France to repatriate citizens from Wuhan as virus spreads
PARIS – France's government announced Sunday it will repatriate up to hundreds of French citizens from the Chinese city of Wuhan, the epicenter of a deadly new virus.
Those French citizens who want to leave Wuhan will be taken on a direct flight to France in the middle of the week, and then held in quarantine for 14 days, the French health minister announced, after a special government meeting to discuss the spreading virus.
France is joining other countries planning evacuations from Wuhan, which is under lockdown by the Chinese government in an attempt to halt the spread of the pneumonia-like virus that has killed more than 50 people and infected nearly 2,000 people in China.
The U.S. Consulate in Wuhan announced it will evacuate its personnel and some private citizens aboard a charter flight on Tuesday.
French hospitals are treating three confirmed cases of the new coronavirus — the first infections reported in Europe — and more are likely, officials said. The confirmed cases are all Chinese citizens who recently returned from travels there.
"The prime minister asked for the organization of a repatriation via direct flight, in agreement with the Chinese authorities,” Health Minister Agnes Buzyn said. A special medical team will accompany the flight.
French automaker PSA, which produces Peugeot and Citroen cars, said Saturday it was evacuating its expatriate employees and their families from Wuhan and quarantining them in another city. It didn't elaborate.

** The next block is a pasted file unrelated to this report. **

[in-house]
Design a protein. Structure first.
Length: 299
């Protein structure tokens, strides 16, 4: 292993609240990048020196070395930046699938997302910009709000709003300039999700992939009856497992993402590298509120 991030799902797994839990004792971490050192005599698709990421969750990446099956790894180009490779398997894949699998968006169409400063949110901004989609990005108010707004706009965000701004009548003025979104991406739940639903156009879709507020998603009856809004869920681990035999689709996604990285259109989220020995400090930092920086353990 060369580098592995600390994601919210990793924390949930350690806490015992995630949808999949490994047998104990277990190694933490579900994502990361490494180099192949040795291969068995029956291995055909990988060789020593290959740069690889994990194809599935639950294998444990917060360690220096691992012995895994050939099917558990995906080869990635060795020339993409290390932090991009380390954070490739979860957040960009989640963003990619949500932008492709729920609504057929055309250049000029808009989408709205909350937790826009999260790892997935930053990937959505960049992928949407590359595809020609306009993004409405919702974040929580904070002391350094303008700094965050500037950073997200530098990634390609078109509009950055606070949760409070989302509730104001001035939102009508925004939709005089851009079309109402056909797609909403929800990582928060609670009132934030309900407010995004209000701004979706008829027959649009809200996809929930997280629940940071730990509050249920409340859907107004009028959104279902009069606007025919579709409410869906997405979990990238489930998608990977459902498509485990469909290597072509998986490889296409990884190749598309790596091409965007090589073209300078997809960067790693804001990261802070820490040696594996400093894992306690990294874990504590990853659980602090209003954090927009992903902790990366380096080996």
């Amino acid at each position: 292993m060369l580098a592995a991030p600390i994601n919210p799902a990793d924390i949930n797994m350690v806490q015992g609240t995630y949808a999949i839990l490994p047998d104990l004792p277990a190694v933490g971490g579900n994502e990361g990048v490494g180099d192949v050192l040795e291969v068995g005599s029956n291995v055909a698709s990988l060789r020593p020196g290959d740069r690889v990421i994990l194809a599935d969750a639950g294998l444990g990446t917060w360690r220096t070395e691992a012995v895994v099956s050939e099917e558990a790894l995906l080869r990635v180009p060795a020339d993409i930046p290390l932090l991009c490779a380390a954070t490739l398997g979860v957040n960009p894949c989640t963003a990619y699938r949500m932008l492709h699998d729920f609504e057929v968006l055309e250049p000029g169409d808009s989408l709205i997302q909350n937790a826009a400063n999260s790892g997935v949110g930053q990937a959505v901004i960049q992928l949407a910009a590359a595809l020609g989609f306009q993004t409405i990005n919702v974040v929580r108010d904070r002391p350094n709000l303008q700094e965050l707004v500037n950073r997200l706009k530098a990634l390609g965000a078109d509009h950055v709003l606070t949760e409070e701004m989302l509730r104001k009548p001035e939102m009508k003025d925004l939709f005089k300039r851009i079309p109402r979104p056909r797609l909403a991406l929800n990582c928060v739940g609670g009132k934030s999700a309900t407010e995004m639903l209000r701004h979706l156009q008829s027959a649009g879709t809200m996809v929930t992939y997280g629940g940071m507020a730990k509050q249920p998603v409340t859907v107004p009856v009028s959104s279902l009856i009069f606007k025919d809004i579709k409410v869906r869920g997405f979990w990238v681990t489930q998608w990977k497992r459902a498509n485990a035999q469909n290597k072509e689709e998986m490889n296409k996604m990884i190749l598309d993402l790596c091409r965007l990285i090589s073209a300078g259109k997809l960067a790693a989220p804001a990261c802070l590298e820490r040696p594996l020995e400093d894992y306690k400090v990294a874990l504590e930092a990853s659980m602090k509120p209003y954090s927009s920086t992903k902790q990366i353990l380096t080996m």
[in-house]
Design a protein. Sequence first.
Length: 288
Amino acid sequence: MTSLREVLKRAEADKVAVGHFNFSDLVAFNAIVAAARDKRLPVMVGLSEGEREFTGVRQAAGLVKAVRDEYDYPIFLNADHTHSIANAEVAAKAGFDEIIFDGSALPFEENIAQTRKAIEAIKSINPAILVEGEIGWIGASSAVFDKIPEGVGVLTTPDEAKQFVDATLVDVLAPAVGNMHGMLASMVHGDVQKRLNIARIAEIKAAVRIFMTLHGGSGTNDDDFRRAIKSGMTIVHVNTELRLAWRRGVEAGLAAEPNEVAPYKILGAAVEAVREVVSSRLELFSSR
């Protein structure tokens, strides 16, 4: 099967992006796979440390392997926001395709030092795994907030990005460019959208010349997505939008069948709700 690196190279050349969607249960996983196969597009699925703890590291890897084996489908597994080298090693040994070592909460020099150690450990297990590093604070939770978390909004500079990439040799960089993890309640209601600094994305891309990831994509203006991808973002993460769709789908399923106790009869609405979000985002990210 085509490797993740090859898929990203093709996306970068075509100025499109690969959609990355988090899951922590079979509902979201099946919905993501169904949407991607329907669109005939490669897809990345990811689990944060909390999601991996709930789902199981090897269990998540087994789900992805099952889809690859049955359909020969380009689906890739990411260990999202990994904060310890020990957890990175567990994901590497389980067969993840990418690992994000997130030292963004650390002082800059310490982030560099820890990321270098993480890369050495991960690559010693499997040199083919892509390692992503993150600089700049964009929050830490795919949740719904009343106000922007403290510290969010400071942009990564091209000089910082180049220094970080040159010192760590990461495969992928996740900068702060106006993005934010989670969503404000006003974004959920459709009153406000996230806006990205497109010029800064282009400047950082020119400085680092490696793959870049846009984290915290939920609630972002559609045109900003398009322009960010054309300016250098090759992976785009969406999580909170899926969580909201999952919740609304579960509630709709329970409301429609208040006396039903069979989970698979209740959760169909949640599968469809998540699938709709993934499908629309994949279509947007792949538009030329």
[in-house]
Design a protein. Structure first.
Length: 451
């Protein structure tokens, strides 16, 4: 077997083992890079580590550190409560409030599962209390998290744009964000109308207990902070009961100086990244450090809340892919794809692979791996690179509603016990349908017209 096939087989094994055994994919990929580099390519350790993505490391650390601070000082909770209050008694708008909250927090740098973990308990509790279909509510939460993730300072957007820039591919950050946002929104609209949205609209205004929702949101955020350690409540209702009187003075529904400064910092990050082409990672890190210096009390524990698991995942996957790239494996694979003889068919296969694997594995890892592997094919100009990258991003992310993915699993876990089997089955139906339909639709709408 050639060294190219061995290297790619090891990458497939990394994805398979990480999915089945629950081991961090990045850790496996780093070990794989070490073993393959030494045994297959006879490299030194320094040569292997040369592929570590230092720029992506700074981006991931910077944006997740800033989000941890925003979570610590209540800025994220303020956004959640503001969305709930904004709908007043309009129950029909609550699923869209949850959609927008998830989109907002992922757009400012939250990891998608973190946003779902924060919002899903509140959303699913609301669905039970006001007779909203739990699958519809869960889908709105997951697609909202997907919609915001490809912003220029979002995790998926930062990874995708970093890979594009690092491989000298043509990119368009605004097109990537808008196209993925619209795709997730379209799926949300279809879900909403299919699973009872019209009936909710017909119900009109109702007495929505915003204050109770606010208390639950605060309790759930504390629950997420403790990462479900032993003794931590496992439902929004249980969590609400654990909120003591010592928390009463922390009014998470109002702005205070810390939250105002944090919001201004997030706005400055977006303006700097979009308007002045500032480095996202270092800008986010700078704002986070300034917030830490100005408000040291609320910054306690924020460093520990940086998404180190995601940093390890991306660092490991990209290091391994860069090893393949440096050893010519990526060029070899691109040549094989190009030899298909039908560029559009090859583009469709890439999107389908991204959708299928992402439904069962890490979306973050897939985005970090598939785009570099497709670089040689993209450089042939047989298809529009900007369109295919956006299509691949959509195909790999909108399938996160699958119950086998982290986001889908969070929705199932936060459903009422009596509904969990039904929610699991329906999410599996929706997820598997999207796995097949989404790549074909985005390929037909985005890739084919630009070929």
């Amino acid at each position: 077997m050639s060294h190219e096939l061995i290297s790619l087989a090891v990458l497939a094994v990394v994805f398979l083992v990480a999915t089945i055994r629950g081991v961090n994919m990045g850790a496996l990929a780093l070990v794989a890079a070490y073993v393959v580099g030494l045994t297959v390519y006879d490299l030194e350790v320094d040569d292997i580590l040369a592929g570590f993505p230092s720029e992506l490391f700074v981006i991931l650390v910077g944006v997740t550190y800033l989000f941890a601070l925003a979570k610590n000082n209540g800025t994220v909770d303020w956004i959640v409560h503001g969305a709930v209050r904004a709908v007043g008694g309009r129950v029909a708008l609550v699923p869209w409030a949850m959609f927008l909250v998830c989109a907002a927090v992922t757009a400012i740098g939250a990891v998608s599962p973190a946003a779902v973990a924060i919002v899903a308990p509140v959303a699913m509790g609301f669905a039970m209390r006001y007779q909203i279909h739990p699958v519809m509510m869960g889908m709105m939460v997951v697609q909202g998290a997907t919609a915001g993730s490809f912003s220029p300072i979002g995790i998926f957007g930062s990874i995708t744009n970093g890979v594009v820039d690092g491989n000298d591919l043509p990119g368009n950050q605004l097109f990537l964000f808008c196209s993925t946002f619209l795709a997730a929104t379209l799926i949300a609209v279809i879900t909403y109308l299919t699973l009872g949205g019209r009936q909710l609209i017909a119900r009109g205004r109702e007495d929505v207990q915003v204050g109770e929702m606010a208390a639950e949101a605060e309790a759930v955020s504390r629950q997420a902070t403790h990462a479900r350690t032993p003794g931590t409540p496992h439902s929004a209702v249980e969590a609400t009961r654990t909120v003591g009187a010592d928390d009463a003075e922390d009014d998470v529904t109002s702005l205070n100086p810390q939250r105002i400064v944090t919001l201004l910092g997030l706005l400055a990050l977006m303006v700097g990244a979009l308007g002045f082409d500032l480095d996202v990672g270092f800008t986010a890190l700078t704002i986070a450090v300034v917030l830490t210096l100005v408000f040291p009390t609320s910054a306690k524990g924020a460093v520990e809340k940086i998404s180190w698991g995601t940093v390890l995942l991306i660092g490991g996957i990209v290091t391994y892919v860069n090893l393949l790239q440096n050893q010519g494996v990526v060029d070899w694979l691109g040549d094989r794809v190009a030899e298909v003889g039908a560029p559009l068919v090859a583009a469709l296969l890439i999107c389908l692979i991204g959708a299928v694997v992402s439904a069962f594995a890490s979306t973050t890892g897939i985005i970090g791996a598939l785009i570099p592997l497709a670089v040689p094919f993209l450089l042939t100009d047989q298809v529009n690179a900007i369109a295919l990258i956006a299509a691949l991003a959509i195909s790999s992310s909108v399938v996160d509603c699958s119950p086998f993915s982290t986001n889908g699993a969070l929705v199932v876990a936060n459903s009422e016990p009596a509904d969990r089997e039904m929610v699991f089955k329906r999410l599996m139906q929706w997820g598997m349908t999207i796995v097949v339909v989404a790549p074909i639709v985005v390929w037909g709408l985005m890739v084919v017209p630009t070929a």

French medical teams on Sunday began meeting passengers arriving on flights from China at Paris' Charles de Gaulle and other airports. Earlier, the government only posted small signs in airports about the new virus, alongside signs about other, older global viruses.
France has decided not to take the temperatures of arriving passengers because it “provides a false sense of safety,” the health minister said on LCI television earlier Sunday. She said in each of France's three confirmed cases, they arrived without a fever.
Buzyn said there was no reason for France's general public to go outside with masks.
She also said a decision to cancel a Chinese New Year's fete in Paris, which has a large Chinese population, wasn't based on a medical decision. Paris Mayor Anne Hidalgo said the city's Chinese residents were simply not in the mood for a party, given the spread of the virus.
The Chinese community in Rome said there won't be any public celebrations of the Lunar New Year on Feb. 2 either for the same reason.
Alex Turnbull in Paris contributed to this report.
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